kids Life Parenting

Parenting in a Pandemic

How does one parent in a pandemic? I still have no clue but here’s what I’ve done.

Minus being a dog mom (which I do think trains you well for being a parent of children when you have a needy dog like I do), I’m relatively new to this whole parenting thing. I always say I’m a “new mom”, despite the fact that my daughter just turned 2 because quite frankly, everything is freaking new. 

Back in March when the world stopped turning and all our workplaces and daycares and schools shut down, I was both relieved and terrified. Relieved that we had the ability to work from home and that she was too young to process anything going on. Terrified as to how we were going to handle it all with a then 20 month old toddler (not to mention her easily excited 6 year old golden retriever brother). And of course, I was terrified about all of the unknown of COVID-19. I mean, where in the parenting guidebook is the chapter “How to parent in a Pandemic?” Is that covered under “how not to shit your pants?” 

I have learned that my little one thrives when there is a routine (as does her Mama), so I sprang into action. Back in January, I had actually taken a picture of her daycare “schedule,” because I am a helicopter Mom and having an App for Daycare just isn’t enough for this woman…nope, I had to get the schedule too. Well, I modeled our days at home after that schedule. I started to come up with themes and crafts and stories. Every night or every other night, I’d come up with activities for the next day so we weren’t flying completely blind. 

My husband and I worked to take turns parenting for the morning and afternoon unless there was crazy stuff happening at work because us just doing an hour on, an hour off was too jarring for her. I ordered lots of new toys and art supplies. We went on lots of walks. We did Zoom with my parents. And fortunately, her daycare provided 3 days a week of Zoom storytimes, music times and Shabbat that was a half hour each morning.  We did this until June 22 when her daycare reopened partially and she was able to go back.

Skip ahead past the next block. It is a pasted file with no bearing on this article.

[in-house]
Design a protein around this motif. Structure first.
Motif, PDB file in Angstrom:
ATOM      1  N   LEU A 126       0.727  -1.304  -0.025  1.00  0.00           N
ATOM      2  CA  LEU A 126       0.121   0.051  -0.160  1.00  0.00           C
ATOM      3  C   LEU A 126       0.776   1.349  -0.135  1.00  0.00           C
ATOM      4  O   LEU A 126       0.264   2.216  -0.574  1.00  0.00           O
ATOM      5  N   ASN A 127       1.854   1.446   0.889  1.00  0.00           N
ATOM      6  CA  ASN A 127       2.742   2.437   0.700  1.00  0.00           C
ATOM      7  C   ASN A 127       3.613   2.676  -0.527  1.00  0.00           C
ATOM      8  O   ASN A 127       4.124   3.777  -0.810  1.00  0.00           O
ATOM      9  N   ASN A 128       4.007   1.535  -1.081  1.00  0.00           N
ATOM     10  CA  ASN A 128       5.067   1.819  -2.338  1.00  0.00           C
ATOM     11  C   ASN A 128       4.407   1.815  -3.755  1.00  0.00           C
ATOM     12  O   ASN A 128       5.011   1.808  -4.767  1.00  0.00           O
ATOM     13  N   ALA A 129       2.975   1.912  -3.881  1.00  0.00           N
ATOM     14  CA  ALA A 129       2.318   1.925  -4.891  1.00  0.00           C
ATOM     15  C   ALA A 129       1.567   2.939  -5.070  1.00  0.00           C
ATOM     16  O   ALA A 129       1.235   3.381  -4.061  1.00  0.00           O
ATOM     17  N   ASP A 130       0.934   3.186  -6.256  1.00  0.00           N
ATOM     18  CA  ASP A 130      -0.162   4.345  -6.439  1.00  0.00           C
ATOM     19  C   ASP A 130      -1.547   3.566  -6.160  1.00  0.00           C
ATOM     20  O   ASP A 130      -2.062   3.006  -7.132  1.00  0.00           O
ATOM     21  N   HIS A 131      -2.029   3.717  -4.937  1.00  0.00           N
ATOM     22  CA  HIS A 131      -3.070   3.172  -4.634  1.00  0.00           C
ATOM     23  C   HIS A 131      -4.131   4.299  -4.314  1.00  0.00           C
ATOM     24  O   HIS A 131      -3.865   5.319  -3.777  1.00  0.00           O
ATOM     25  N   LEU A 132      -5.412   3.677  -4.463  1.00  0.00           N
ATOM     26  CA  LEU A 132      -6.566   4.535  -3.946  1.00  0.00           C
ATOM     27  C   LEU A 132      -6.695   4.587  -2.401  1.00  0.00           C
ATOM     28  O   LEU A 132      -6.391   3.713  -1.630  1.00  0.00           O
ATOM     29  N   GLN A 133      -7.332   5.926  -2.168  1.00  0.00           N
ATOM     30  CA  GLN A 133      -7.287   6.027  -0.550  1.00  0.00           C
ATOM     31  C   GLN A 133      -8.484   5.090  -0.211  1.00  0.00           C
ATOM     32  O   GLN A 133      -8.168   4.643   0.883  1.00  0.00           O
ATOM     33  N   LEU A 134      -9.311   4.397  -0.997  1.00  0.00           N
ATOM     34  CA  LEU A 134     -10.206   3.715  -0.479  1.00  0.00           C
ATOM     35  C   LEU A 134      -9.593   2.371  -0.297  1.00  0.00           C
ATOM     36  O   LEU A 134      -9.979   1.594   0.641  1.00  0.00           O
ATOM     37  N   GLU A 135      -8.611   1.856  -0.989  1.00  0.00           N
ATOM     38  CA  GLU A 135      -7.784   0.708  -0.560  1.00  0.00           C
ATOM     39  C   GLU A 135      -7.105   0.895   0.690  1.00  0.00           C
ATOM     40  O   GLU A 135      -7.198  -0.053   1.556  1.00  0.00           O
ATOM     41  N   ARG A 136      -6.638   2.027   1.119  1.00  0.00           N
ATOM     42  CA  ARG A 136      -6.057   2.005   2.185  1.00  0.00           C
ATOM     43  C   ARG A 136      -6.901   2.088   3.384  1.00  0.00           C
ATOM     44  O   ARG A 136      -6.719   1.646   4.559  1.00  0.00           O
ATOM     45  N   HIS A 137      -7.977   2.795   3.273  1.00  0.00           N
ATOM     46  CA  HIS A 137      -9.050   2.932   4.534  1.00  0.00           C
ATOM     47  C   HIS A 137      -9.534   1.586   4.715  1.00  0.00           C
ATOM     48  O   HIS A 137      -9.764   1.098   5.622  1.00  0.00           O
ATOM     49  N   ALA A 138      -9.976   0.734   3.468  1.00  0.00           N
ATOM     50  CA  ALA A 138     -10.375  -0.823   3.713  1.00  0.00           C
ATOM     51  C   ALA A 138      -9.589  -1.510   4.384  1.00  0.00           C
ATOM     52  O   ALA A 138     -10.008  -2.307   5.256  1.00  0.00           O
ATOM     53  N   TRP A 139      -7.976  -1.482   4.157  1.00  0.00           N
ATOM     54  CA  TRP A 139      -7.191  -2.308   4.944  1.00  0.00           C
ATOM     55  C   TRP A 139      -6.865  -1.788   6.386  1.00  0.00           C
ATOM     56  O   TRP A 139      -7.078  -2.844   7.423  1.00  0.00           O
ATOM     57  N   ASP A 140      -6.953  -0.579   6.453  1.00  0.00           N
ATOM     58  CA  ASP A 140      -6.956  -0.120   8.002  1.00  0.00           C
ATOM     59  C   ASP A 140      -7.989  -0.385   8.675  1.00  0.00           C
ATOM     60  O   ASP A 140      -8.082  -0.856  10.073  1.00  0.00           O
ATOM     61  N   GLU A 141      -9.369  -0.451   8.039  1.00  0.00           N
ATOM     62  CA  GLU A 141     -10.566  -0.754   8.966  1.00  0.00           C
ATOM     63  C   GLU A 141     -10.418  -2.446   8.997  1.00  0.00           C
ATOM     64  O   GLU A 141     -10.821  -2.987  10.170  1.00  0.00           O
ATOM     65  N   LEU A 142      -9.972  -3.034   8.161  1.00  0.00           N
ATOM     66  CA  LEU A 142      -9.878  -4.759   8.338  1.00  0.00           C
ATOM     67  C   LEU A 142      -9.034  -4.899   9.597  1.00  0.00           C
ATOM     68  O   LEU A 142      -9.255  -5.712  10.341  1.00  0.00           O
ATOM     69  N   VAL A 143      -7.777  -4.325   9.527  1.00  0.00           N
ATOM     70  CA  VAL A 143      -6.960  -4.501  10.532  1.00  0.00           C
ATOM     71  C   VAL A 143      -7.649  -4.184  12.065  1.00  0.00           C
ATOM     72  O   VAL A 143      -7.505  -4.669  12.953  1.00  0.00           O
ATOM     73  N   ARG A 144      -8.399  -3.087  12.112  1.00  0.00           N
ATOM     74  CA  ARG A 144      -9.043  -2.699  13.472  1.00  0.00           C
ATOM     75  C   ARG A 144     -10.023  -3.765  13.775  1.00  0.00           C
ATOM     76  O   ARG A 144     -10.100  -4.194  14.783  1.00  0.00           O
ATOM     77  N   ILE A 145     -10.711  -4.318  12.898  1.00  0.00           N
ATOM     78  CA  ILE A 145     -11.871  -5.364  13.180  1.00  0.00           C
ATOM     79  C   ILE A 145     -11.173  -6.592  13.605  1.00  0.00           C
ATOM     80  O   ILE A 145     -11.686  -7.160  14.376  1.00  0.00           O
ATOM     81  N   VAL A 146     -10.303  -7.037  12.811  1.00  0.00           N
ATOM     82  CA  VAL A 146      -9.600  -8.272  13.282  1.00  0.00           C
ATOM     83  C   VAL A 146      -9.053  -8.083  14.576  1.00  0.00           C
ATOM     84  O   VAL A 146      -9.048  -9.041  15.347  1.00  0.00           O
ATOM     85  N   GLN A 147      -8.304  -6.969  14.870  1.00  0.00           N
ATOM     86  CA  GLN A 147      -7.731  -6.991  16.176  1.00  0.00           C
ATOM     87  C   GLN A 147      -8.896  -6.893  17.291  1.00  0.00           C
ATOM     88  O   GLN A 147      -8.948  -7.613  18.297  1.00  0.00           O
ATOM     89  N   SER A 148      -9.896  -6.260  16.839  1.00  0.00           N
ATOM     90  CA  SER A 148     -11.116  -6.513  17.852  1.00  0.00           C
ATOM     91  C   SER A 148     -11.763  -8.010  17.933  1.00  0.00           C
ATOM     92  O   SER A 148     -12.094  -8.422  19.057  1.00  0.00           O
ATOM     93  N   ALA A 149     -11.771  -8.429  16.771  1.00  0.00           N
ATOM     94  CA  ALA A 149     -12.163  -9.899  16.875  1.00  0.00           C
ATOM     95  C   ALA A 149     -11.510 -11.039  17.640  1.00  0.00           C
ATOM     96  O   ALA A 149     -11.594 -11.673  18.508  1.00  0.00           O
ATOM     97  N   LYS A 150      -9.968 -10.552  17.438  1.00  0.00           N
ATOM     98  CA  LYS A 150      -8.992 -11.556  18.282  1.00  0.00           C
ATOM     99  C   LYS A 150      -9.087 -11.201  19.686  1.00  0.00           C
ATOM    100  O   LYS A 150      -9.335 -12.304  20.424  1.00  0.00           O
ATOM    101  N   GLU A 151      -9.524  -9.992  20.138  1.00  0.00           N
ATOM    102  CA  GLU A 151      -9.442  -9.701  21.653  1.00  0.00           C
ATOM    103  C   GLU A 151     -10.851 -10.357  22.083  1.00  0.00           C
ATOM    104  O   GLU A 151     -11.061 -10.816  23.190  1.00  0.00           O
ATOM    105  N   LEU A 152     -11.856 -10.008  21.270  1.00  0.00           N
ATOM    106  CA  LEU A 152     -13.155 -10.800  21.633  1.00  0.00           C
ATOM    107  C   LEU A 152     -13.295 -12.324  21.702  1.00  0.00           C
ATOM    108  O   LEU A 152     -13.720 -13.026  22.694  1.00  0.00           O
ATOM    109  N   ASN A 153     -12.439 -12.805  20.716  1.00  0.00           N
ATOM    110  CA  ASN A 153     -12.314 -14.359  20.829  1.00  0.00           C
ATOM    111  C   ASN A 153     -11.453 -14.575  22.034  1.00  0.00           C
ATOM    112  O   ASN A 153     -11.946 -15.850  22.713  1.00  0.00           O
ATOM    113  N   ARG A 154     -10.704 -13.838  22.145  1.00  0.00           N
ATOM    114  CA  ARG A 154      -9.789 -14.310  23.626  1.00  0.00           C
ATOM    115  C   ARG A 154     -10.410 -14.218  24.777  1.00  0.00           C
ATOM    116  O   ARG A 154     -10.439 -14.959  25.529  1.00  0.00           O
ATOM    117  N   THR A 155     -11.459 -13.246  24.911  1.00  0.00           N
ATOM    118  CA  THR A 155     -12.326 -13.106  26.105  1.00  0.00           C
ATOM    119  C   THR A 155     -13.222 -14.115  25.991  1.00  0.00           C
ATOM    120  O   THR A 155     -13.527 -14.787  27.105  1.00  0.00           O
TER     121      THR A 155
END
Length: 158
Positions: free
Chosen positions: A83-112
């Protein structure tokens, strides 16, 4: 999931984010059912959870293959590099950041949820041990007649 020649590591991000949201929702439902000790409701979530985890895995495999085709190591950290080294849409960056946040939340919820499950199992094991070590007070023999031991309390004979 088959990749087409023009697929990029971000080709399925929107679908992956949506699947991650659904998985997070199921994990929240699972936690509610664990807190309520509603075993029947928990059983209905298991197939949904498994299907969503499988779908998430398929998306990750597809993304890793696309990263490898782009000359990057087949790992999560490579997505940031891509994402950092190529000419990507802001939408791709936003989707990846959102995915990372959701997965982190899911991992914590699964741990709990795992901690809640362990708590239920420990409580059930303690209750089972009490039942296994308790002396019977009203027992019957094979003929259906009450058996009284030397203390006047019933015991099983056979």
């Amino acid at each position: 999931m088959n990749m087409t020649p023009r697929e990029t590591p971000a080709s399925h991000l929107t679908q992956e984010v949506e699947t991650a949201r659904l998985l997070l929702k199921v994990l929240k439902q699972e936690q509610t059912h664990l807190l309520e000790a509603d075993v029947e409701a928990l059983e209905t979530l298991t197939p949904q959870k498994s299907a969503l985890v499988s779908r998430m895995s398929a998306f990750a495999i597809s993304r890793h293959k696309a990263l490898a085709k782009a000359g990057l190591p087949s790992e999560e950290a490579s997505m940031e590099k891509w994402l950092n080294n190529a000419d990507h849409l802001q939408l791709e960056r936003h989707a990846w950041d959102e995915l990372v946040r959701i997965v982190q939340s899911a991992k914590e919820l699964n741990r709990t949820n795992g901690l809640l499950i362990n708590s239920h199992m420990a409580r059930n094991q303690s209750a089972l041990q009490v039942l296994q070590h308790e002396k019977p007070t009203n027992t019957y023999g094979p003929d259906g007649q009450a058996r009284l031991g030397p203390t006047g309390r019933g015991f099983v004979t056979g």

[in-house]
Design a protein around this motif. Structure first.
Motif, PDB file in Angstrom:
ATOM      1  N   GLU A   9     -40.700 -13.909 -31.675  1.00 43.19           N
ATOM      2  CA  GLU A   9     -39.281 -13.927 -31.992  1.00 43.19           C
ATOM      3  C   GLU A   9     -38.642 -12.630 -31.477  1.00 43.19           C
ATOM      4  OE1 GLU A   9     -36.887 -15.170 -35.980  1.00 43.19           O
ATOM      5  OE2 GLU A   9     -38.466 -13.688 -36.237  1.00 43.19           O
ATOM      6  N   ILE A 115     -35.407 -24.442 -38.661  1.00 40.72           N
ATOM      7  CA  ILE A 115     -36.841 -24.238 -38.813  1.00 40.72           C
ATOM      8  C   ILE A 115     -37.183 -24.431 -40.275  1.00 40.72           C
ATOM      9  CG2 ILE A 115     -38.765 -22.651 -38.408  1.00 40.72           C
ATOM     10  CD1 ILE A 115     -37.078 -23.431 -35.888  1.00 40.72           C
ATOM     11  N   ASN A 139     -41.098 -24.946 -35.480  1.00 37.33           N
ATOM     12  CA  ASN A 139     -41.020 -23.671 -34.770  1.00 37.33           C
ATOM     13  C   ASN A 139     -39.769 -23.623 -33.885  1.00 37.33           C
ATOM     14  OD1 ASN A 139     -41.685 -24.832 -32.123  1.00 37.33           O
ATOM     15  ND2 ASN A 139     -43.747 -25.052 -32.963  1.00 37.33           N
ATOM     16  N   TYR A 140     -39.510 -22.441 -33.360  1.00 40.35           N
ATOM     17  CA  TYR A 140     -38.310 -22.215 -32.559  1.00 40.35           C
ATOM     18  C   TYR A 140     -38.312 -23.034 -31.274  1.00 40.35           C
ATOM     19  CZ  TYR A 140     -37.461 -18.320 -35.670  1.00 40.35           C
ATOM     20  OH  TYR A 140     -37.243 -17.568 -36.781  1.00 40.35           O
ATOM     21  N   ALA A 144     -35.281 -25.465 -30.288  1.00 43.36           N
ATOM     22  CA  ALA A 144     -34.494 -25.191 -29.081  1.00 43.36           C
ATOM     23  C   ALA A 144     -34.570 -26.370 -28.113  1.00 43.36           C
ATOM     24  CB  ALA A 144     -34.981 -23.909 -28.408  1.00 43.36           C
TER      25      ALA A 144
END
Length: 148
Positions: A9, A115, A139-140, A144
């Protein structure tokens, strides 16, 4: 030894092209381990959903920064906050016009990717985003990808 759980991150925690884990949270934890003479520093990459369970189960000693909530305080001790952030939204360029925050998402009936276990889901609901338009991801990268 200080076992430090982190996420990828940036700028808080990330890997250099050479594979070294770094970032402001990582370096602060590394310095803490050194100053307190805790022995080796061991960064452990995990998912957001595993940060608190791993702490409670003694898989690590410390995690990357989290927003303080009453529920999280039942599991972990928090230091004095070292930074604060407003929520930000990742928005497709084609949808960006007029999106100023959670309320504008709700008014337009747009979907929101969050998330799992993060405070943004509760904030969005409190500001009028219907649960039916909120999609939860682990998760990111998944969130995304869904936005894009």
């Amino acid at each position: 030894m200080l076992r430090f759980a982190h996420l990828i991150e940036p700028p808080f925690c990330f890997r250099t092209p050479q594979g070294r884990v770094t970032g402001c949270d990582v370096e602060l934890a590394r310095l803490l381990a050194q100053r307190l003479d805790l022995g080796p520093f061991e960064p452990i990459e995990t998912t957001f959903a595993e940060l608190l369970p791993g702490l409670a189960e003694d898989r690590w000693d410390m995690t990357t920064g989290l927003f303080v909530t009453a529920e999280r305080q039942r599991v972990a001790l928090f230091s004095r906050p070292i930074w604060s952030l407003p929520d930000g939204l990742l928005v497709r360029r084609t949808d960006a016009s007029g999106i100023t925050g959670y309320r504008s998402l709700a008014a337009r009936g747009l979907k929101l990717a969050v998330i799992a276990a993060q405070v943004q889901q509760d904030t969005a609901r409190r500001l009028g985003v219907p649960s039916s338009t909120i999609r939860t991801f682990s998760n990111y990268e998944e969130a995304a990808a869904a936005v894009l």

I make this sound so easy breezy, when in reality, here are some things that happened:
* She stopped sleeping through the night. So did the dog. 

* I felt so stressed from work, coming up with activities, parenting and dealing with the scaries of the world that I would cry frequently, worry and stress.

*Not every activity was a hit, we didn’t follow the schedule to a T (what toddler does?) and sometimes naps were not in a crib but on one of us.

 * I ended up taking the COVID leave that work offered because I got to a point where I just couldn’t do it all and not have meltdowns. Even with my husband,  let’s be honest – the bulk of childcare rests squarely on Mom’s shoulders. 

BUT because I try to be positive, here are some really awesome things that happened 

*Hello! We got extra time with her in a time of her life that goes by in a blink of an eye. 

*While there was a lot to balance, I didn’t feel rushed at home like I would normally when it’s time to go to work, daycare, dinnertime, bathtime, etc… the commute was easy and hello yoga pants uniform!* I got to see the awesome work her daycare does on a daily basis with their Zoom calls. It was so cool to see her “interact” with the programming. They were seriously lifesavers. 

*I got to see her progress on skills and was much more focused on quality time. *I got to be really creative and some of the things I found out to do were so fun!

Now that she’s back at daycare and I’m physically at work, I still struggle if we are doing the right thing, but daycare has been going above and beyond with their safety protocols. I also struggle with the fact that I could pass it on to her because of people not following protocols. I can’t emphasize enough how important it is to wear a mask, socially distance and wash your hands. 

Even with things opening back up here in PA, we are still not going anywhere and and sometimes that’s really hard on the weekend because I am back to trying to come up with things to occupy a toddler’s time. Thank goodness for a mostly shady backyard and an inflatable pool and water table! I do wonder if she’s like, why aren’t I going into stores or out to eat? Yes, those places are open but we are choosing to be extra vigilant. 
In my next post, I’ll document some of the craft ideas and other things we have done and the hits and misses. For now, for those still stuck at home, give yourself GRACE. You are doing the best you can. You are MORE than enough for your little one, for your family, for friends. 

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